Digital signatures and document signing
In addition to encrypting data, private and public key pairs can also be used to create digital signatures and sign documents. A document is digitally signed using the sender's private key, while the public key is used to validate the sender's digital identity. This cryptographic validation mathematically links the signature to the original message to ensure that it has not been altered.
Public key and private key pairs are also effective for authenticating machine identities. As data and applications sprawl beyond traditional networks to mobile devices, public and private clouds, and Internet of Things (IoT) devices, machine identity protection becomes more crucial than ever before. Digital identities are not limited to devices; they may be used to verify people, data, and applications as well. Digital identity certificates with asymmetric cryptography enable enterprises to enhance their security by removing passwords, which attackers have become increasingly effective at compromising.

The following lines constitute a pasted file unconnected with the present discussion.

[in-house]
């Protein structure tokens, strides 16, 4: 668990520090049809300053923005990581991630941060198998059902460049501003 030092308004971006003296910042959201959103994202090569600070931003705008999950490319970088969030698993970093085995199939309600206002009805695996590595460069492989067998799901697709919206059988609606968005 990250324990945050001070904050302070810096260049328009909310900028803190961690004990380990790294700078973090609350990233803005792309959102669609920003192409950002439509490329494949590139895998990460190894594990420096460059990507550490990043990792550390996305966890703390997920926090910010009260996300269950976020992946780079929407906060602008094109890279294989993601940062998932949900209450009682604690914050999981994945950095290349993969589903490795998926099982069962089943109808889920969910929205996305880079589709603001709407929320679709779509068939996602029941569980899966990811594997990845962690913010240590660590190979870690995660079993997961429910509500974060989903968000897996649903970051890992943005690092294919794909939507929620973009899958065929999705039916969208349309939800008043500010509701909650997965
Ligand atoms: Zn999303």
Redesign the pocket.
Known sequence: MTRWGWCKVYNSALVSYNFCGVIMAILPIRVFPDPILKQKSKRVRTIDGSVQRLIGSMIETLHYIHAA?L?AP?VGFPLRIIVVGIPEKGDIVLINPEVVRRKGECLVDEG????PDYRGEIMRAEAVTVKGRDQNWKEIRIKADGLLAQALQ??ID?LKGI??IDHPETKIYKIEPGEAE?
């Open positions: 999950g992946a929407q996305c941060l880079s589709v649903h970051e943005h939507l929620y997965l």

To generate, store, and trade digital currency, cryptocurrencies rely on cryptographic algorithms. Cryptocurrencies employ public key cryptography to generate digital signatures that authenticate value transfers and symmetric encryption to secure data exchanges.
How Do Private Keys Work?
When private keys are used in the context of symmetric encryption, they work as follows:
- Generate a new private key. Prior to encrypting a message, a new key is generated that is as random as feasible using specialized encryption software.